About Me

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Jack is a graduate of Rutgers University where he majored in history. His career in the life and health insurance industry involved medical risk selection and brokerage management. Retired in Florida for over two decades after many years in NJ and NY, he occasionally writes, paints, plays poker, participates in play readings and is catching up on Shakespeare, Melville and Joyce, etc.

Monday, November 28, 2022

Covid Revisited, Second Amendment Isses, Thanksgiving, and Non-Voters


Covid Is Still Around - Be Careful 

It isn’t on page one any longer (if you continue to read newspapers … which you should) but Covid is still with us. The virus’ many mutations continue to take place and grow in response to our efforts to eliminate it. 

The vaccinations many people have received certainly reduce the severity of all Covid infections, but they are not a final answer. People should continue to be vaccinated and receive booster shots.  But vaccinations have served to some extent to take our eye off of the ball, as new variants develop.  Periodic testing at home should be continued.

What’s new is that scientists are developing nasal sprays which may be a more effective preventative measure for these infections. Such research, and their development, seems to be limited to Europe at this point. Our government has not come up with the funds to extend their development and use to this country.  France, for example, is way ahead of us.  Republicans blocked such funding in the House, claiming that the Biden administration used money initially intended to combat the Covid pandemic for purposes only remotely connected to the virus.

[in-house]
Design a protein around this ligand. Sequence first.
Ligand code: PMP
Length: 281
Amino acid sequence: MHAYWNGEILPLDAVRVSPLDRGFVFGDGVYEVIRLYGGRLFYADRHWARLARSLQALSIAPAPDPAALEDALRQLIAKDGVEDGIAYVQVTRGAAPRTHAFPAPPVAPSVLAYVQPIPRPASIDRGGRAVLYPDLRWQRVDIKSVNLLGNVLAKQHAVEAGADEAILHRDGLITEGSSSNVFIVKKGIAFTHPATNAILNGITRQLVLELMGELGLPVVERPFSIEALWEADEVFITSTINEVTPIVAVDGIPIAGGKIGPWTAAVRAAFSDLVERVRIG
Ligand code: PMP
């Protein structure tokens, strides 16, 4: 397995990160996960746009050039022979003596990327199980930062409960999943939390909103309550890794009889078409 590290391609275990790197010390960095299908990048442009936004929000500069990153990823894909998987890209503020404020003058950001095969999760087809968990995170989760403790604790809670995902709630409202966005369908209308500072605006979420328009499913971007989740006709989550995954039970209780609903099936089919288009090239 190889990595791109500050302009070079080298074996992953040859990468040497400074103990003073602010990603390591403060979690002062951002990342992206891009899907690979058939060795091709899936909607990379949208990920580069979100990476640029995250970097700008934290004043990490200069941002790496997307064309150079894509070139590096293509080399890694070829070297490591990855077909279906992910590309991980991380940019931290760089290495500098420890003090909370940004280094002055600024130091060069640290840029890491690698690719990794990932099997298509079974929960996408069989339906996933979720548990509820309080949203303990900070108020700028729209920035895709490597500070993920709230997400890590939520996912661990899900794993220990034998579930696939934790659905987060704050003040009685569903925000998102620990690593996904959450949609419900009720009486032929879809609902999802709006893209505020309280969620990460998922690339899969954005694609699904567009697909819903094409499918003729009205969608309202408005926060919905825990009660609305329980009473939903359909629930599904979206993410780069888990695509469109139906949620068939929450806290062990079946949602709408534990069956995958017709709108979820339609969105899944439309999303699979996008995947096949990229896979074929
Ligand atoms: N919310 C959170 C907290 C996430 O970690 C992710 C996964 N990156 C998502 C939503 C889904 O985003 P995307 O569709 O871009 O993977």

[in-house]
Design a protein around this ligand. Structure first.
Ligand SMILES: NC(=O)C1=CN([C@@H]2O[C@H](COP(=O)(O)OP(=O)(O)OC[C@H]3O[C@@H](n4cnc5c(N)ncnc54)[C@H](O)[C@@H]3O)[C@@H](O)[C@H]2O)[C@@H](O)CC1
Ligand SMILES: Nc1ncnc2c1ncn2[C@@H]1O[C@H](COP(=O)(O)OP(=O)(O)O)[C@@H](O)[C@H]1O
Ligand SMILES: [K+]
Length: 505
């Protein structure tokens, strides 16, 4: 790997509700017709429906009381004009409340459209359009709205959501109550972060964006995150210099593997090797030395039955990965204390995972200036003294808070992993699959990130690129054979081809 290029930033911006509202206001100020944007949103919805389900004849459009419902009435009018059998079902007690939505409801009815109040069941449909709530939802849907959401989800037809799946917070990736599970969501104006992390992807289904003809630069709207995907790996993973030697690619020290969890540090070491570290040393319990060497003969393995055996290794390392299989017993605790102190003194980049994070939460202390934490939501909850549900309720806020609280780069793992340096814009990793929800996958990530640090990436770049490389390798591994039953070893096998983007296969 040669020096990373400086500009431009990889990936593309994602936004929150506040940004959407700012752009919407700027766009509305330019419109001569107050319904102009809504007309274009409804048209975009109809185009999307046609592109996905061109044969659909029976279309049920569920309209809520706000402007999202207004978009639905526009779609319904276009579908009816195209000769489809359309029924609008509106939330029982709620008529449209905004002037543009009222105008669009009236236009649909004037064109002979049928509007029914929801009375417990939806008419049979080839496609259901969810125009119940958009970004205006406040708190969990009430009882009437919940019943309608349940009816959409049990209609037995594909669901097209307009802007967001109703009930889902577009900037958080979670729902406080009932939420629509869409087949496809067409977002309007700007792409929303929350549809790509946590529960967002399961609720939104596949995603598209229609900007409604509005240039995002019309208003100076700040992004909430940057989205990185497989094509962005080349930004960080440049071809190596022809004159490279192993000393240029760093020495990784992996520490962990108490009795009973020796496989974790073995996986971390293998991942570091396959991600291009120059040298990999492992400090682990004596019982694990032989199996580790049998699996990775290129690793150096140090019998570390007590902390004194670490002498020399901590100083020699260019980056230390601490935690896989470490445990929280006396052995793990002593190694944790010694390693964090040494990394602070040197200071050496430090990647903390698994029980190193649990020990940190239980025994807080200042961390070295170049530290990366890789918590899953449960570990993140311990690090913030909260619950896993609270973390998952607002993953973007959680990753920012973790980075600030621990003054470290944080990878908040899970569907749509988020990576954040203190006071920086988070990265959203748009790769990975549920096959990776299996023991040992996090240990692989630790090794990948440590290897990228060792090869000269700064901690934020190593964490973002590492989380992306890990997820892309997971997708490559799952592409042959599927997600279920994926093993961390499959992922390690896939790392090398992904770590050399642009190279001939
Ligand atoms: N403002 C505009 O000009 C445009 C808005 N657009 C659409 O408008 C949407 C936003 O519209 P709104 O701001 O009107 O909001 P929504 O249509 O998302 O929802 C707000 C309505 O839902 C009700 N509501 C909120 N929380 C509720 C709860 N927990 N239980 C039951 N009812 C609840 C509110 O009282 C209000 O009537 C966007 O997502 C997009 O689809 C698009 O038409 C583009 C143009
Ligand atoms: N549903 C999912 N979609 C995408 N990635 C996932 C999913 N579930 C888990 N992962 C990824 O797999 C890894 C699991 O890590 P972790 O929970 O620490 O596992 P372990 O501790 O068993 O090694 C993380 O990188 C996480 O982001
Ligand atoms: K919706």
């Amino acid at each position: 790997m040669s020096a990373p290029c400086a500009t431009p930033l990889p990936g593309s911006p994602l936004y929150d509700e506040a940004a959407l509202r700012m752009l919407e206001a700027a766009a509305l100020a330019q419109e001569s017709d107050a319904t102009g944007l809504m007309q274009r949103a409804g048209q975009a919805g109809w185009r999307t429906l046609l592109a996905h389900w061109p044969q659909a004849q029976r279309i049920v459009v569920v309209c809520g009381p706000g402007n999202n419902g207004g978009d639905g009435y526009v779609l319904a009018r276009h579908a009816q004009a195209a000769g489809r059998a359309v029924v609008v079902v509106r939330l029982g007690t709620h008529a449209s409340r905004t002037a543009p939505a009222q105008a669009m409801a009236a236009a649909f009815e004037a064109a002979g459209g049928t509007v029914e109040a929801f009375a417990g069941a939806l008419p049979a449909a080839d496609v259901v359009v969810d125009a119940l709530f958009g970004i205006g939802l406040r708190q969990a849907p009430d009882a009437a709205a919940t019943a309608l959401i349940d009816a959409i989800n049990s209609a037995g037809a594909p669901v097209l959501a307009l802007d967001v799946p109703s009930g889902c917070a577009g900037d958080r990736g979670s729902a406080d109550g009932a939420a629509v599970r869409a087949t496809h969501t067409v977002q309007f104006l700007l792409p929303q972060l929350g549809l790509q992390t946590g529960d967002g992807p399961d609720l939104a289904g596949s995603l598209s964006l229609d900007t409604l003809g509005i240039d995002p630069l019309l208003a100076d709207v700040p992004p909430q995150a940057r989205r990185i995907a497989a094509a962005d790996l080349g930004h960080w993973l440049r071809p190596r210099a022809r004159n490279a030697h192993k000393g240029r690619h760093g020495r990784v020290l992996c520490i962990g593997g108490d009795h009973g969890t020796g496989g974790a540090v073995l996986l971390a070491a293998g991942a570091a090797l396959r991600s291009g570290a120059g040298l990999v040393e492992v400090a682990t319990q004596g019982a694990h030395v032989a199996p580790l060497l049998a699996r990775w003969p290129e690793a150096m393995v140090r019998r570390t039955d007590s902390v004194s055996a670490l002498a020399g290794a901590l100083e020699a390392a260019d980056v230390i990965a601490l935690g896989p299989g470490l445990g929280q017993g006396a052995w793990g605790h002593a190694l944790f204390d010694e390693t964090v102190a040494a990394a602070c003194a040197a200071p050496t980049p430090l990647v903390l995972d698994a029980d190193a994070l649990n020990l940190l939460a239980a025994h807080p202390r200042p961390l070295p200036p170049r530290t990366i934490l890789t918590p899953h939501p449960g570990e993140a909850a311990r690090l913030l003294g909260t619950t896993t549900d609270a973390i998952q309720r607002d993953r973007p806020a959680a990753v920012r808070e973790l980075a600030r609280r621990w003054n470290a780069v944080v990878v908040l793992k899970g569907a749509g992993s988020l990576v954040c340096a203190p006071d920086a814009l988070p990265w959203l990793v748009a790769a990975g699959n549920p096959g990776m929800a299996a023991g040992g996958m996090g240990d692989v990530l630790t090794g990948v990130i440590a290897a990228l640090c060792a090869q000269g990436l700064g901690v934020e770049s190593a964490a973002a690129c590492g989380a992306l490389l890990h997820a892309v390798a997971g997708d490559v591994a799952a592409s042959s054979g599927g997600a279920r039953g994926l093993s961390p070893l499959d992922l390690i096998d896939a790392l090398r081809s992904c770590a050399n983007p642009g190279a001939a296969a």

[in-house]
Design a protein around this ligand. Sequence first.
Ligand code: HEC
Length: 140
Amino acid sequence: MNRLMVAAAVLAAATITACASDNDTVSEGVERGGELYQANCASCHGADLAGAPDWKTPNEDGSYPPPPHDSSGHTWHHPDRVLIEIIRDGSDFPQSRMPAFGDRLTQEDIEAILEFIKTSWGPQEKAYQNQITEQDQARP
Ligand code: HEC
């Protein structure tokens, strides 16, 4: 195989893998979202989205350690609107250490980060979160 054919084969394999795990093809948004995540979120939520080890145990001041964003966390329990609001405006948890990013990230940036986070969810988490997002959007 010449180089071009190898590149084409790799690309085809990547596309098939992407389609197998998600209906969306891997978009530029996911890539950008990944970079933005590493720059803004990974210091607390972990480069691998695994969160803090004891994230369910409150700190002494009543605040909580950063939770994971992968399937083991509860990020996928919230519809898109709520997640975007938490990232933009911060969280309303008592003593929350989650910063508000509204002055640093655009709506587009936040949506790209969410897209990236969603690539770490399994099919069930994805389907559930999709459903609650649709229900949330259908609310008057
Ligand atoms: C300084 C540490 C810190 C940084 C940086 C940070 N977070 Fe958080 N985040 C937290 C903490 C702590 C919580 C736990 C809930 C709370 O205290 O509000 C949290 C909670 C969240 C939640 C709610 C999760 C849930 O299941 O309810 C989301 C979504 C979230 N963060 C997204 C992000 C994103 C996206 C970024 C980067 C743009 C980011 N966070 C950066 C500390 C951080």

This is not the time nor the place to argue about this.  What the public should do is resume masking in public places, even if most there remain unmasked, seek outdoor seating in restaurants, keep current with available vaccines and continue simple ‘at home’ testing. 

That is my advice.  Senior citizens and those with compromised immune systems, diabetes and cardiovascular histories should pay particular attention to it.

I am not a physician, but as Bob Dylan sang back in 1965, ‘You don’t need a weatherman to know which way the wind blows.’


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Back to the Second Amendment

“A well regulated Militia, being necessary to the security of a free State, the right of the people to keep and bear Arms, shall not be infringed.”

In the eyes of too many Americans, the Second Amendment (fully and correctly reproduced above in red), is treated by them as if it reads as follows, (in blue below) justifying rebellion.  Of course, the Framers never intentionally provided making such a ‘poison pill’ available to take down the Constitution they were creating. Some people today believe that they did. And some are sitting in Congress.

In their minds, this is the imaginary content of the Second Amendment:  ‘An unregulated Militia, being necessary to enable the people to overthrow a government which they believe threatens the security of a free State, or of that very government itself, the right of the people to keep and bear Arms, shall not be infringed.’

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The previous blog posting addressed the problem of gun violence.  That issue is of such importance that we are addressing it again today, a bit more specifically.   Please re-read Wednesday’s posting and what follows.

Unfortunately, to repeal the Second Amendment would require, if initiated in Congress or by a convention of States, the support of two thirds of both Houses of Congress and subsequent approval by the legislatures of three quarters of the States.  If we wait for that to happen, all readers of this will be dead from natural causes, an exit strategy at least preferable to gun violence. 

Therefore, because such repeal according to the Constitution (Article Five) seems next to impossible, a ‘de facto’ repeal of the Second Amendment must be accomplished by an interpretation of the Second Amendment by the Supreme Court, based on the Amendment’s words, not by political agendas. The weakness of that solution is that nothing prevents a future Supreme Court from ruling otherwise, as they recently did regarding abortion rights, but it is the best that we can hope for.

Such an interpretation should recognize that because we no longer have militias in this country, the Amendment’s first thirteen words are totally unnecessary and meaningless.  (The National Guard, the closest thing that today’s States have comparable to such militias, follows the regulations of the nation’s armed forces and does not depend on its members bringing their own arms, so the Amendment does not relate to it at all.) So, let’s forget about miliitias.